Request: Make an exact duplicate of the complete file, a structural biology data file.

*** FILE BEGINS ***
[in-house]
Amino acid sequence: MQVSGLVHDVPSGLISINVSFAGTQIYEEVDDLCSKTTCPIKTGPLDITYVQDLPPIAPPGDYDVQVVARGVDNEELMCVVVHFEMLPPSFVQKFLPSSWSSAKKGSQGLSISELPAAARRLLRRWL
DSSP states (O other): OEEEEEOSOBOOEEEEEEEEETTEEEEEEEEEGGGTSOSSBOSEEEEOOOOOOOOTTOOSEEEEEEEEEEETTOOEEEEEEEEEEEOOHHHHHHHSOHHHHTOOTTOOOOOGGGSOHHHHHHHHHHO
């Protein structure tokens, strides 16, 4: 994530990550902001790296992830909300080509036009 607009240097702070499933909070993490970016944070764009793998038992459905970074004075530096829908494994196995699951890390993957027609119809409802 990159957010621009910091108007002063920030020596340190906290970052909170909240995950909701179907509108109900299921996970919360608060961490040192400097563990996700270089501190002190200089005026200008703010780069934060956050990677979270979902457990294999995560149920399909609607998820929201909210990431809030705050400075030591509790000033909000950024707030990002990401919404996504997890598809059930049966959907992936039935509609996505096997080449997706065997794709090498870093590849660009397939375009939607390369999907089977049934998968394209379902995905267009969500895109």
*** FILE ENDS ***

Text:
[in-house]
Amino acid sequence: MQVSGLVHDVPSGLISINVSFAGTQIYEEVDDLCSKTTCPIKTGPLDITYVQDLPPIAPPGDYDVQVVARGVDNEELMCVVVHFEMLPPSFVQKFLPSSWSSAKKGSQGLSISELPAAARRLLRRWL
DSSP states (O other): OEEEEEOSOBOOEEEEEEEEETTEEEEEEEEEGGGTSOSSBOSEEEEOOOOOOOOTTOOSEEEEEEEEEEETTOOEEEEEEEEEEEOOHHHHHHHSOHHHHTOOTTOOOOOGGGSOHHHHHHHHHHO
């Protein structure tokens, strides 16, 4: 994530990550902001790296992830909300080509036009 607009240097702070499933909070993490970016944070764009793998038992459905970074004075530096829908494994196995699951890390993957027609119809409802 990159957010621009910091108007002063920030020596340190906290970052909170909240995950909701179907509108109900299921996970919360608060961490040192400097563990996700270089501190002190200089005026200008703010780069934060956050990677979270979902457990294999995560149920399909609607998820929201909210990431809030705050400075030591509790000033909000950024707030990002990401919404996504997890598809059930049966959907992936039935509609996505096997080449997706065997794709090498870093590849660009397939375009939607390369999907089977049934998968394209379902995905267009969500895109």